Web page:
War at the New York Philharmonic

Jaap van Zweden Conducts

By: - Dec 02, 2018

The extraordinary history of the Second World War casts a long shadow on any art music written in Europe in the 1930s and '40s. This week, the New York Philharmonic paired two of these works in a program of extraordinary intensity under music director Jaap van Zweden: a program that seemed to ask the following. Can art music, created under the shadow of extraordinary political and human event, somehow manage to transcend its origins and remain relevant to the audiences of today?

Judging from the performances that orchestra and conductor delivered at Friday's matinée, the answer is...maybe. This concert opened with Benjamin Britten's knotty Violin Concerto and the New York Philharmonic debut of simone Lamsma, a Dutch musician and a protégée of van Zweden. This willowy soloist took on the grim challenges of the Britten work, a concerto that requires musicianship, features great emotion but does not reward the soloist with the usual gifts associated with this genre.
It opens with percussion, a tapped theme on the timpani that sets the grim tenor of what's to come. This is music written in 1938, as Europe teetered on the brink of another bloody war. Ms. Lamsma's dark, wailing solos seem to yearn for a more peaceful world. Britten's writing is determinedly unorthodox. He has violinist and orchestra trade places in the first movement recapitulation and ending the work with a long and ultimately unresolved passacaglia that obsesses over a tiny amount of musical material with maddening slowness.

If the Britten work anticipates the madness of war, Dmitri Shostakovich's Symphony No. 7 in D minor (known since its premiere as the "Leningrad") is a report from the front lines. Shostakovich's work is a brutal and ironic account from the Russian front. The composer and his family were virtual prisoners in the besieged city of Leningrad for the first part of the three-year siege of that city. Eventually, they were smuggled eastward, and the work had its premiere with the composer safely away from the war.

The Seventh was then played in Leningrad by the bedraggled survivors of the city's orchestras, and smuggled to the West (on microfilm) to Iran. There, it arrived on stages in London and eventually New York, where Arturo Toscanini conducted the New York Philharmonic in the U.S. premiere at a packed Radio City Music Hall. There is no question that the Seventh is an extraordinary documentation of Russian resistance and a masterpiece of musical propaganda. And yet with all that history, one must ask: is this work any good?

This is a very long symphony, dominated by the middle part of the first movement. Here the composer indulges in twelve repetitions of a chirpy theme from Léhar's The Merry Widow (a particular favorite of Adolf Hitler's), slowly increasing the orchestral forces playing it in a crescendo that evokes the slow tread of an advancing army. The orchestral forces then literally do battle, with "German" and "Russian" themes duelling in the brass and the whole ending in a slow and chilling requiem for the dead of the city. The rat-a-tat rhythm of the machine guns comes back in the coda, a hint that menace still lurks in the movements to come.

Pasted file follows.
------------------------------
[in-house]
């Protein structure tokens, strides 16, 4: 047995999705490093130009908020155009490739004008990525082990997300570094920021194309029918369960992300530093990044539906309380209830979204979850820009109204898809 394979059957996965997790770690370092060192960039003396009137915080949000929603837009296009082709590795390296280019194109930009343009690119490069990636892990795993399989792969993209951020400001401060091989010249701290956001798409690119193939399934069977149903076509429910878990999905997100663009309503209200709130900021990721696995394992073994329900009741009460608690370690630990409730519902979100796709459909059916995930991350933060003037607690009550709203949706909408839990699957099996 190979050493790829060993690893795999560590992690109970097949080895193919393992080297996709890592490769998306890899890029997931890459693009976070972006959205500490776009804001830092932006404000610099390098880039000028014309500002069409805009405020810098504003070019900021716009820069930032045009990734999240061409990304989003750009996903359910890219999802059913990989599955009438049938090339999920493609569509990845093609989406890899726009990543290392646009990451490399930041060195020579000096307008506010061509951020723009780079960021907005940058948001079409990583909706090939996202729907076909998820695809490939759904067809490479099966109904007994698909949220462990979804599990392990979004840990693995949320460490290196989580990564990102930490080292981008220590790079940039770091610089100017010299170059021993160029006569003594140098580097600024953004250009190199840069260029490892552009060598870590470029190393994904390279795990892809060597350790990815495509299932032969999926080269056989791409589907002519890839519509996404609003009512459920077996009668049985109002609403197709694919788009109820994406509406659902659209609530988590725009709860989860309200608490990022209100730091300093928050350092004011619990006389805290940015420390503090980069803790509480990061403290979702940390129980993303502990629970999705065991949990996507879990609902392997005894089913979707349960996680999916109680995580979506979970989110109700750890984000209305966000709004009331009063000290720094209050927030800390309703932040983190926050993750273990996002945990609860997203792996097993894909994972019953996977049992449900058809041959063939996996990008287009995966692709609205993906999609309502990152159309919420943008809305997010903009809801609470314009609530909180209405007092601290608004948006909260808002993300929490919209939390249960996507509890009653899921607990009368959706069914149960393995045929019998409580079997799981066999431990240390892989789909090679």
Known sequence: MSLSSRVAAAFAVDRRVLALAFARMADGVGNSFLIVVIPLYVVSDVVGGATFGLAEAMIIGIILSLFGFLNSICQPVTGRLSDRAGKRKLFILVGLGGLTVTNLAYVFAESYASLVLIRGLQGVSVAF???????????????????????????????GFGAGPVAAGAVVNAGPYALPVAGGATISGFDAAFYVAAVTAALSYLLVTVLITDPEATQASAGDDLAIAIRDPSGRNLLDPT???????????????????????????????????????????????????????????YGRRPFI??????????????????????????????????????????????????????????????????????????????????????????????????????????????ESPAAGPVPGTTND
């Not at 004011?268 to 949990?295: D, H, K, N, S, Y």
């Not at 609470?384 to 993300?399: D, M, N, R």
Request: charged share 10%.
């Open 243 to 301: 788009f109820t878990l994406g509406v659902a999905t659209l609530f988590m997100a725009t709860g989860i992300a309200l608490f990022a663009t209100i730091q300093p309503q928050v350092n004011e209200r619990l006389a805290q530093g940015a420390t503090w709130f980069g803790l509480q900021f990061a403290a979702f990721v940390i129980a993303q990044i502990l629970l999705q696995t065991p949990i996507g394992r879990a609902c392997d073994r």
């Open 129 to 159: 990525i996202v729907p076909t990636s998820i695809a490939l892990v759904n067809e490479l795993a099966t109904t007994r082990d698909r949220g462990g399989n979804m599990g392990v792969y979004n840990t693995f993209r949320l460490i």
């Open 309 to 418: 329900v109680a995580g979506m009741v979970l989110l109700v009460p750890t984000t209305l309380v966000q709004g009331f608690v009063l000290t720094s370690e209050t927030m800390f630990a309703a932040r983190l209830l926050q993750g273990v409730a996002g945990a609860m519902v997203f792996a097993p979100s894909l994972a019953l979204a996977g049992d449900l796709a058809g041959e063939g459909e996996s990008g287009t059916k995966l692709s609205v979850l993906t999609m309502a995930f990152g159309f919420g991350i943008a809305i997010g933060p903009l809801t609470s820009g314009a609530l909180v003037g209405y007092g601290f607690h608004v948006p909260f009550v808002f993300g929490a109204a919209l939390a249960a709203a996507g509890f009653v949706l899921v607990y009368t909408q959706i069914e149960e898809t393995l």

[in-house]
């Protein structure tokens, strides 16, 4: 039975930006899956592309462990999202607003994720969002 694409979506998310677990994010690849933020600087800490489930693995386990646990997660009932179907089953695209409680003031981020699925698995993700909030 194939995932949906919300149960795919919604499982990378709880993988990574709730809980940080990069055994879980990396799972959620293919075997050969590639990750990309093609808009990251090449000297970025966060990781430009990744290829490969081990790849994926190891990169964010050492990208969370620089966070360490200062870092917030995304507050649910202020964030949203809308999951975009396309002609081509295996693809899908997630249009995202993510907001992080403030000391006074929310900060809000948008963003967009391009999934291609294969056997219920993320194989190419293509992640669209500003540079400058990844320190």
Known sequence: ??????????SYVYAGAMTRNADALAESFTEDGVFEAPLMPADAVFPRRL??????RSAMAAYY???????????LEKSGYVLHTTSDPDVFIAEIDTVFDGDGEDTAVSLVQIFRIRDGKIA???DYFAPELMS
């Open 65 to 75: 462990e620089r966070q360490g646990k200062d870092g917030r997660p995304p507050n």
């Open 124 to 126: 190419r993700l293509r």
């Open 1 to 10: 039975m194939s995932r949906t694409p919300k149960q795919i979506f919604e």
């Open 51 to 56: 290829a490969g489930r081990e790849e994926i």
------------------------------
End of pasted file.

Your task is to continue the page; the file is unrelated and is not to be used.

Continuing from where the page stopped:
For this performance, van Zweden divided his brass forces, splitting them to stage left and stage right, allowing for an antiphonal effect of shattering power. One, two and eventually three snare-drummers beat a tattoo, and the work marched right up into the listener's space, thrusting forward with terrifying energy. The shell of sound burst in the battle sequence, with the separated brass playing with clarity and great precision. The work then lurched into a twisted scherzo, what sounded like a folk tune that metastasized, briefly into terrifying circus music. This was played with laser-like precision and emotion from the orchestra, responding to each turn and lurch with brutal force, delicately applied.

The assault did not let up. Even the slow movement, sought by listeners as a traditional haven of serenity in a work such as this offers passages of stark terror, building a wall of brass and winds to a series of discordant climaxes. The finale offers martial triumph of the Russian themes from the first movement, but there is no sunny resolution to be found. An assault by timpani and brass introduces a slow moderato passage, building in gradual power and volume but offering little in the way of comfort to the battered listeners.

In this performance, van Zweden and his players succeeded in that most difficult of goals, separating the causes of this work from its effects and rendering the Leningrad Symphony as a work of music as well as a document of living history. It was a noble achievement.  (Reprinted by permission from Superconductor).